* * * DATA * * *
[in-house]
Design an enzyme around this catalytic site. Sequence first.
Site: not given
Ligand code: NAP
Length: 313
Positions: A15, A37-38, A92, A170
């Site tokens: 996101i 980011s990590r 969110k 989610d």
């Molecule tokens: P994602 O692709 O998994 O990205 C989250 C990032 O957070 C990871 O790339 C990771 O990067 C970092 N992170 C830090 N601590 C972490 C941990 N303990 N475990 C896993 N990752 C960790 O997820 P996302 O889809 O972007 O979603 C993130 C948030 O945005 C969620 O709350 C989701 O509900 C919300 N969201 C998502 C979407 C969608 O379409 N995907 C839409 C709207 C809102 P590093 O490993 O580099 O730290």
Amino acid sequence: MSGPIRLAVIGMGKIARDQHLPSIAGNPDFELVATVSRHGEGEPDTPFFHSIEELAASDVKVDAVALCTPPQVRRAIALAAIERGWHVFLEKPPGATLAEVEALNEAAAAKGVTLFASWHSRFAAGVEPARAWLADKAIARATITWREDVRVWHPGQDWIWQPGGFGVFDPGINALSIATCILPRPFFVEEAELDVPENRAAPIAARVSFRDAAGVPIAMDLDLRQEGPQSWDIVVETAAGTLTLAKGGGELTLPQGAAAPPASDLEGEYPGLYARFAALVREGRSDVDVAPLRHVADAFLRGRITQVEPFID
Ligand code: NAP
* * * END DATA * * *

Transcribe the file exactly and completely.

[in-house]
Design an enzyme around this catalytic site. Sequence first.
Site: not given
Ligand code: NAP
Length: 313
Positions: A15, A37-38, A92, A170
């Site tokens: 996101i 980011s990590r 969110k 989610d």
């Molecule tokens: P994602 O692709 O998994 O990205 C989250 C990032 O957070 C990871 O790339 C990771 O990067 C970092 N992170 C830090 N601590 C972490 C941990 N303990 N475990 C896993 N990752 C960790 O997820 P996302 O889809 O972007 O979603 C993130 C948030 O945005 C969620 O709350 C989701 O509900 C919300 N969201 C998502 C979407 C969608 O379409 N995907 C839409 C709207 C809102 P590093 O490993 O580099 O730290």
Amino acid sequence: MSGPIRLAVIGMGKIARDQHLPSIAGNPDFELVATVSRHGEGEPDTPFFHSIEELAASDVKVDAVALCTPPQVRRAIALAAIERGWHVFLEKPPGATLAEVEALNEAAAAKGVTLFASWHSRFAAGVEPARAWLADKAIARATITWREDVRVWHPGQDWIWQPGGFGVFDPGINALSIATCILPRPFFVEEAELDVPENRAAPIAARVSFRDAAGVPIAMDLDLRQEGPQSWDIVVETAAGTLTLAKGGGELTLPQGAAAPPASDLEGEYPGLYARFAALVREGRSDVDVAPLRHVADAFLRGRITQVEPFID
Ligand code: NAP